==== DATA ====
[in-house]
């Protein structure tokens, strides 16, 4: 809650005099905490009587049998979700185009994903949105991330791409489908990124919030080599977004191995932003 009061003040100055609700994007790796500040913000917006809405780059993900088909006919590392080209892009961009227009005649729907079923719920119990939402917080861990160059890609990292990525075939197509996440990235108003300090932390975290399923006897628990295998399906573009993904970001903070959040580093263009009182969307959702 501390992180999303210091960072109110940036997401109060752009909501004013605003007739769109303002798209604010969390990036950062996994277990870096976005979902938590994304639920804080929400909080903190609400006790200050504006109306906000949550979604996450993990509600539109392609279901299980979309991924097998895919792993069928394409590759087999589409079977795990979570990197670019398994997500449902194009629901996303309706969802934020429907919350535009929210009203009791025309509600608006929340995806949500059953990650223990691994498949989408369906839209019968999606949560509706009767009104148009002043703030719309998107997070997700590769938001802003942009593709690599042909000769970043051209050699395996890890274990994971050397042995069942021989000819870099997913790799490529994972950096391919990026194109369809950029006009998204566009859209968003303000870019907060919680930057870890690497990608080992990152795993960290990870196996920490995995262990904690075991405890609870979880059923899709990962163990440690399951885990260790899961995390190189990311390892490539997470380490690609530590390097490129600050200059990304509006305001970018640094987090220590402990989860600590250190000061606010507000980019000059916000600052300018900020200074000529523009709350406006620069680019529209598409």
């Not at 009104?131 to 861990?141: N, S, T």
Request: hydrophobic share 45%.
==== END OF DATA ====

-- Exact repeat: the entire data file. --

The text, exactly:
[in-house]
């Protein structure tokens, strides 16, 4: 809650005099905490009587049998979700185009994903949105991330791409489908990124919030080599977004191995932003 009061003040100055609700994007790796500040913000917006809405780059993900088909006919590392080209892009961009227009005649729907079923719920119990939402917080861990160059890609990292990525075939197509996440990235108003300090932390975290399923006897628990295998399906573009993904970001903070959040580093263009009182969307959702 501390992180999303210091960072109110940036997401109060752009909501004013605003007739769109303002798209604010969390990036950062996994277990870096976005979902938590994304639920804080929400909080903190609400006790200050504006109306906000949550979604996450993990509600539109392609279901299980979309991924097998895919792993069928394409590759087999589409079977795990979570990197670019398994997500449902194009629901996303309706969802934020429907919350535009929210009203009791025309509600608006929340995806949500059953990650223990691994498949989408369906839209019968999606949560509706009767009104148009002043703030719309998107997070997700590769938001802003942009593709690599042909000769970043051209050699395996890890274990994971050397042995069942021989000819870099997913790799490529994972950096391919990026194109369809950029006009998204566009859209968003303000870019907060919680930057870890690497990608080992990152795993960290990870196996920490995995262990904690075991405890609870979880059923899709990962163990440690399951885990260790899961995390190189990311390892490539997470380490690609530590390097490129600050200059990304509006305001970018640094987090220590402990989860600590250190000061606010507000980019000059916000600052300018900020200074000529523009709350406006620069680019529209598409």
């Not at 009104?131 to 861990?141: N, S, T």
Request: hydrophobic share 45%.